21 April 2016 marks the 200th anniversary of the birth of Charlotte Brontë. She was born and lived most of her life in obscurity in Yorkshire but, following the meteoric success of Jane Eyre which was published in 1847, she made five trips to London to see her publisher. ‘New Babylon’ as she called the city had always held a great fascination for Charlotte and her siblings so the opportunity to visit and explore the place was in itself both the achievement of a longheld ambition and a very tangible reward for her literary success.
Charlotte, Emily and Anne Brontë published using the pseudonyms of Currer, Ellis and Acton Bell and this caused a great deal of speculation amongst critics and readers as to the gender and identity of the writers. The first visit was in the summer of 1848 when Charlotte came with her youngest sister Anne to prove their separate identity. Emily refused to accompany them but at least by producing another novelist sister, the author of Agnes Grey and The Tenant of Wildfell Hall, Charlotte was able to demonstrate that her sisters’ publishers were lying when they claimed that the hugely successful Currer Bell was in fact responsible for all the Bells’ works. During this visit Charlotte Brontë established a friendship with her own publisher, George Smith of Smith Elder & Co. and his family so that when she visited again on another four occasions, she stayed with them in their home in Bayswater. Two of the trips coincided with the publication of her next two (and final) novels Shirley and Villette; the others were fun visits when she was clearly thrilled to be away from the silence of the Haworth Parsonage after the deaths of her brother and sisters. On these visits, she would arrive for a few days and stay for nearly a month, taxing the hospitality of George Smith’s mother and sisters who became increasingly anxious about the flirtation between the pair, although unlike Charlotte, to George their friendship was strictly business. She enjoyed being lauded as a literary lioness, famously got into spats with William Makepeace Thackeray – the other literary sensation of the day - and engaged in a relentless round of sightseeing.
Sir John Soane’s Museum features in the little pocket guidebook to London that Charlotte owned, so you can imagine with what eager anticipation I once combed the great leatherbound visitor books hoping to find Charlotte Brontë’s signature in the lists of names. It was a task made easier because I knew the precise dates to check but also harder because she might very well have come with an acquaintance who signed in. I searched in vain. Alas, no Charlotte Brontë. Nor any Currer Bell. I found no George Smith or any other names I could identify as being in the Smith family circle. Of course there is still a chance that she did visit the Soane Museum, accompanying someone I have not connected with her, but the most telling indication that she did not do so is that she never mentions it in her copious letters home.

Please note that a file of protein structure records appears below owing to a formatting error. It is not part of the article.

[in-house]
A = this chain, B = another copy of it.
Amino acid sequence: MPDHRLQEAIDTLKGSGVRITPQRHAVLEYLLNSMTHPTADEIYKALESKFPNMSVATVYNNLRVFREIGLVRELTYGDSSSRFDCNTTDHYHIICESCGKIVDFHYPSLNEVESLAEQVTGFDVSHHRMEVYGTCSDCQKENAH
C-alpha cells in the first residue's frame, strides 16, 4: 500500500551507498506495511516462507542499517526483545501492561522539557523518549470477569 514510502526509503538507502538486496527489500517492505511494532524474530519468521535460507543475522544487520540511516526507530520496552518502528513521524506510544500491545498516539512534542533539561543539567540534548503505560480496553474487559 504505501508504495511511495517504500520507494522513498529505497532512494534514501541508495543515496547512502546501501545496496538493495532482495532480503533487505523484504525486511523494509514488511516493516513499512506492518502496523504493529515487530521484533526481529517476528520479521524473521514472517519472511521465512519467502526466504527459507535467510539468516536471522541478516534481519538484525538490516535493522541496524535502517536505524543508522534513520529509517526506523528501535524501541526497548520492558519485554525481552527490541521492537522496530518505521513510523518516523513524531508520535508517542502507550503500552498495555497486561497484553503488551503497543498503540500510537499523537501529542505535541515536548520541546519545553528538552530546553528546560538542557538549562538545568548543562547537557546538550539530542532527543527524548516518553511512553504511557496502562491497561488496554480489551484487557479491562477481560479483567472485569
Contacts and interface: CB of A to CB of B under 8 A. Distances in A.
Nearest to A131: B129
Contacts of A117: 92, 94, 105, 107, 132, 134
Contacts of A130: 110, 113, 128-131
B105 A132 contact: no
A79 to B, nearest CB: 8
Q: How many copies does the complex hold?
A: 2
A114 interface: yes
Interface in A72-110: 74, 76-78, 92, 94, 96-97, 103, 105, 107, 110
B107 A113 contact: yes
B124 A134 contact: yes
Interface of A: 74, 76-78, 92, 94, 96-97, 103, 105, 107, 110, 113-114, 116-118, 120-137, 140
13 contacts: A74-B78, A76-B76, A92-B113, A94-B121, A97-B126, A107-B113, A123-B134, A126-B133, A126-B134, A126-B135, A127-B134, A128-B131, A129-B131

One cannot help thinking that if she had known of all the Napoleonic treasures (she was obsessed by Napoleon, having been conceived shortly after the Battle of Waterloo), let alone the collections of pictures, (she was very keen on visiting galleries having once determined to be an artist) she would surely have hotfooted it to Lincoln’s Inn Fields.
What makes this omission all the more sad is that there are few places you can go to in London today that are exactly the same as when Charlotte Brontë was here in the 1840s and 50s. How better then to celebrate Charlotte Brontë’s bicentenary than to bring her to the Museum at last to make the visit she should have made during those heady trips to London at the height of her literary fame? How exciting to celebrate the bicentenary in a Museum preserved in exactly the same state as it was when she could have (and certainly should have) walked through the front door…
Charlotte Brontë at the Soane runs until 7 May 2016. Admission is free.